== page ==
Volume 19, Number 8—August 2013
No Evidence for Hepatitis E Virus Genotype 3 Susceptibility in Rats
To the editor: Hepatitis E virus (HEV) is a positive-sense single-stranded RNA virus (genus Hepevirus, family Hepeviridae) (1). In humans, acute hepatitis infection caused by HEV is a serious public health concern in developing countries. Four HEV genotypes, G1–4, have been isolated from humans (2). G3 and G4 HEV have also been isolated from swine, wild boars, wild deer, and mongooses; these animals are thought to be the reservoirs of HEV (3). Direct evidence has indicated that HEV is transmitted from pigs or wild boars to humans; therefore, hepatitis E caused by G3 and G4 HEV infection is recognized as a zoonosis (3).
Although rats have long been suspected to be a potential reservoir for human HEV, no direct evidence has been found. The susceptibility of rats to human HEV genotypes is controversial. For example, anti-HEV IgG has been detected in various rat species, including Norway (Rattus norvegicus), black (Rattus rattus), and cotton (Sigmodon hispidus) rats, by using ELISA with antigens derived from G1 HEV. These results suggest that HEV or HEV-like virus infections occur in wild rats. However, the virus genome has not been detected, and the source of the infection was confirmed in few cases; thus far, it is not clear whether the anti-HEV IgG was induced by HEV or other HEV-like viruses. The detection of a partial genome of G1 HEV from wild rats in Nepal was reported in 2002 (4); however, this report was retracted in 2006 because the isolated strain was determined to be a result of laboratory contamination. Recently, Lack et al. isolated strains of G3 HEV from a variety species of wild rats in the United States (5); this finding suggests that wild rats are hosts for G3 HEV. Maneerat et al. also reported that human HEV (presumably G1) was transmissible to Wistar laboratory rats (6). However, Purcell et al. recently reported that G1, G2, and G3 do not infect laboratory rats (7), and we found in a previous study that laboratory rats are not susceptible to G1, G3, or G4 HEV (8).
To further investigate the potential susceptibility of rats to infection with human HEV, we experimentally injected nude rats with G3 HEV and monitored virus growth. We used 2 samples of G3 HEV for the infection experiments, 1 derived from fecal specimens collected from a pig farm in Japan (GenBank accession no. DQ079632) and 1 derived from the supernatant of a hepatocarcinoma cell line, PLC/PRF/5, that was injected with the pig specimen. The infectivity of these samples was confirmed by experimental infections of cynomolgus monkeys (9; data not shown).
Six 15-week-old female nude rats (athymic rats, Long-Evans-run/run; Japan SLC, Inc., Hamamatsu, Japan) were used in this study. These rats, which are bred to be immunodeficient, are known to be susceptible to rat HEV, but it is unknown if they are susceptible to other types of HEV. All rats were negative for G3 HEV RNA and anti-HEV antibodies, as determined by nested reverse transcription PCR (10) and ELISA (8), respectively. Rats were housed individually in biosafety level 2 facilities. Experiments were reviewed by the ethics committee of the National Institute of Infectious Diseases (NIID) Japan and carried out according to the “Guidelines for animal experiments performed at NIID” under code 113060.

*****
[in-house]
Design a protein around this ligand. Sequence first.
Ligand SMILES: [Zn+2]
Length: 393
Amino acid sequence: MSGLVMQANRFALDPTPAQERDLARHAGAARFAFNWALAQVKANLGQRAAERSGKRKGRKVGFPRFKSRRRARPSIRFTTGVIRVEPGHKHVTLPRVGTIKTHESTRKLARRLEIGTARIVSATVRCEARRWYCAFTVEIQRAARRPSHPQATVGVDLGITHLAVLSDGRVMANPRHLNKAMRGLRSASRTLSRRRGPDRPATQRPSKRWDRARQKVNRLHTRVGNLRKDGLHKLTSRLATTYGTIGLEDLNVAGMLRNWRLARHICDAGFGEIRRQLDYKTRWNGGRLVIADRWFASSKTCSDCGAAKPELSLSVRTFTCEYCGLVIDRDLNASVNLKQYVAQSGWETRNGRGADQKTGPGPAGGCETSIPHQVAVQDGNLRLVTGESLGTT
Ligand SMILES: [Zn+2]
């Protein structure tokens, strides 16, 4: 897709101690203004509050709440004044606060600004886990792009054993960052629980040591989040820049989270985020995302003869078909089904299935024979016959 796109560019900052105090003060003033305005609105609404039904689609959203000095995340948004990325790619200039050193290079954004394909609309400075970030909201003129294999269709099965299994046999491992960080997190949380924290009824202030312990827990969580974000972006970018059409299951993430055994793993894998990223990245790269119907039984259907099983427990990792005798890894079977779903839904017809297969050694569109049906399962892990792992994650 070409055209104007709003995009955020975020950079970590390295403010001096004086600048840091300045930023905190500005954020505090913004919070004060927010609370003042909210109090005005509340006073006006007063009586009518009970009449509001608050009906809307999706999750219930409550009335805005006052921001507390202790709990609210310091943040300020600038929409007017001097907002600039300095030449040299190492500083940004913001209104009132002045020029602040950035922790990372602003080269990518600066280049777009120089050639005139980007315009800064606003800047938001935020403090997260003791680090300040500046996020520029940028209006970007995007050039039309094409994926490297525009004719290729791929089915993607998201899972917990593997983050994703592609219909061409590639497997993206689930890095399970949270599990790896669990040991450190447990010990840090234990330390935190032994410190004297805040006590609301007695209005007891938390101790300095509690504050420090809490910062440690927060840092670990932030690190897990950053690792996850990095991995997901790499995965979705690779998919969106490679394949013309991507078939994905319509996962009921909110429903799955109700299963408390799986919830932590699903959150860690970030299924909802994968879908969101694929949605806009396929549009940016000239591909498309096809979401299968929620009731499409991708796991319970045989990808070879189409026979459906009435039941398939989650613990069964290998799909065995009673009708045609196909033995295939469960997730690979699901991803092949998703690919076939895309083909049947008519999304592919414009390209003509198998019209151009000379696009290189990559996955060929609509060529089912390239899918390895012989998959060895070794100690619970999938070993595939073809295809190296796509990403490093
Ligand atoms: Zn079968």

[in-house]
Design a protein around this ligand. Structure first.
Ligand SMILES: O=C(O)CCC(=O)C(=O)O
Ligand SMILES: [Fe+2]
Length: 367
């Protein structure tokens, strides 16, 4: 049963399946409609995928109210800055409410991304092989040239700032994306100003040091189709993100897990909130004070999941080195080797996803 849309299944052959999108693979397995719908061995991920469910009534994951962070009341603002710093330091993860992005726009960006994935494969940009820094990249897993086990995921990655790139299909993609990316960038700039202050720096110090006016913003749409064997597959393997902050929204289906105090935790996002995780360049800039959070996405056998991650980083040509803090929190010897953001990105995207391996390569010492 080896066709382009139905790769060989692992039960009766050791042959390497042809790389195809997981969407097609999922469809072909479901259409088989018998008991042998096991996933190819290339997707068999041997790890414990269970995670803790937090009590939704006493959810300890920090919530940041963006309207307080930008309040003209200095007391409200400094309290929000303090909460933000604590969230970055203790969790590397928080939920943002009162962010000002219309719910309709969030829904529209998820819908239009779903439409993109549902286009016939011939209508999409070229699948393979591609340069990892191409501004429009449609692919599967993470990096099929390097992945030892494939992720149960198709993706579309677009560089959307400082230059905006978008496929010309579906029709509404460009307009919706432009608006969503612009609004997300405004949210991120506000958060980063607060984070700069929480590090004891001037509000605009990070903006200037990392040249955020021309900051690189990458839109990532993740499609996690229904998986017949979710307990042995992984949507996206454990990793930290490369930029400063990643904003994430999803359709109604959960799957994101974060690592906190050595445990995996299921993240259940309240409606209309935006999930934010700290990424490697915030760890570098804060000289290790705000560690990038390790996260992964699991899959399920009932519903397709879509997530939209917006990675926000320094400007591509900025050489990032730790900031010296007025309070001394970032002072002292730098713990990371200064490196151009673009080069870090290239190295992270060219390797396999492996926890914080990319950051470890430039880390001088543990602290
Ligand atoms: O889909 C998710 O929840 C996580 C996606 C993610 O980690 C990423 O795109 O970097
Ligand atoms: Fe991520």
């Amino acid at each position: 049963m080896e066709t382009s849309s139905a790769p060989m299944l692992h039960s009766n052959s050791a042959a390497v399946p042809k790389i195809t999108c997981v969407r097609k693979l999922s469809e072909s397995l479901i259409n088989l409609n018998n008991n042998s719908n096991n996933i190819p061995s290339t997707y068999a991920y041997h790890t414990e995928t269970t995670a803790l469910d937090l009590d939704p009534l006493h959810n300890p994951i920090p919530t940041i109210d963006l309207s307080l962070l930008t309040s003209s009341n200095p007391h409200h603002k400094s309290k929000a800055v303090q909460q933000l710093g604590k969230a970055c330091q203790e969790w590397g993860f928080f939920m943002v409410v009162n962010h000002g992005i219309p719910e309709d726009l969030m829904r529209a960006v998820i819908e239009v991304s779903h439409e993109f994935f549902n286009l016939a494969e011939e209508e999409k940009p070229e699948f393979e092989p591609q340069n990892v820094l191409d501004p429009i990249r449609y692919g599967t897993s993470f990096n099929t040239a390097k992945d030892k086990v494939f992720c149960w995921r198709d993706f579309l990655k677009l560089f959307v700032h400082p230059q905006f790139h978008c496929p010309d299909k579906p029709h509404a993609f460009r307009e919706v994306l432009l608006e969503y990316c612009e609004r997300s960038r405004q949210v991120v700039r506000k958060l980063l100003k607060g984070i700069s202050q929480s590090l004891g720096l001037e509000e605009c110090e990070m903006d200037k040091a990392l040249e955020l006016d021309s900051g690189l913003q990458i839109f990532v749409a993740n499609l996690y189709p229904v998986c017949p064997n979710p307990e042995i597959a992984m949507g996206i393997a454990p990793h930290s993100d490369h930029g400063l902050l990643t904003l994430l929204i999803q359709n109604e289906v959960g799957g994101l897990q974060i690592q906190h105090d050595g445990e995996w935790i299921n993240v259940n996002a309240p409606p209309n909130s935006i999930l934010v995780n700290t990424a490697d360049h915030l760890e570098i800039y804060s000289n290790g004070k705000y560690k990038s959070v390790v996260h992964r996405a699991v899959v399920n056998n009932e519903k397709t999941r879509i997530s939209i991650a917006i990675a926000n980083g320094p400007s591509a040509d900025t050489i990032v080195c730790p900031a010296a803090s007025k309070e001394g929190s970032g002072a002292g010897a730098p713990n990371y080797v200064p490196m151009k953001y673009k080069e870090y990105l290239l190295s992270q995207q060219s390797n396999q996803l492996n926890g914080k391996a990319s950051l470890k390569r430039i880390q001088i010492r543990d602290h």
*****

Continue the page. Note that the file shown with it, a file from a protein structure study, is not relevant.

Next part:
The 6 rats were randomly assigned to 2 groups, injected intravenously with 500 µL of an HEV sample suspension through the tail vein, and monitored for 3 months. The 3 rats in group 1 were injected with the sample derived from pig feces, which contained 5 × 104 copies of G3 HEV; the 3 rats in group 2 were injected with the cell culture supernatant sample, which contained 4 × 106 copies of G3 HEV. Serum samples were collected weekly for examination of HEV RNA and anti-HEV IgG and IgM and were also used to determine alanine aminotransferase values. Fecal samples were collected every 3 days to detect HEV RNA. The animals were humanly killed by exsanguination 91 days postinjection, liver tissues were collected, and a 10% tissue suspension was prepared as described (8).
For groups 1 and 2, all serum samples collected 1–13 weeks postinjection were negative for HEV RNA and anti-HEV IgG and IgM. HEV RNA also was not detected in fecal samples or liver tissues. Alanine aminotransferase elevation was not observed in any serum samples.
In conclusion, even by using samples with high titers of HEV RNA in injection experiments, we were unable to cause infection with G3 HEV in immunodeficient nude rats. We found no evidence that rats are susceptible to infection with G3 HEV.
This study was supported in part by grants for Research on Emerging and Re-emerging Infectious Diseases, Research on Hepatitis, and Research on Food Safety from the Ministry of Health, Labour and Welfare, Japan.
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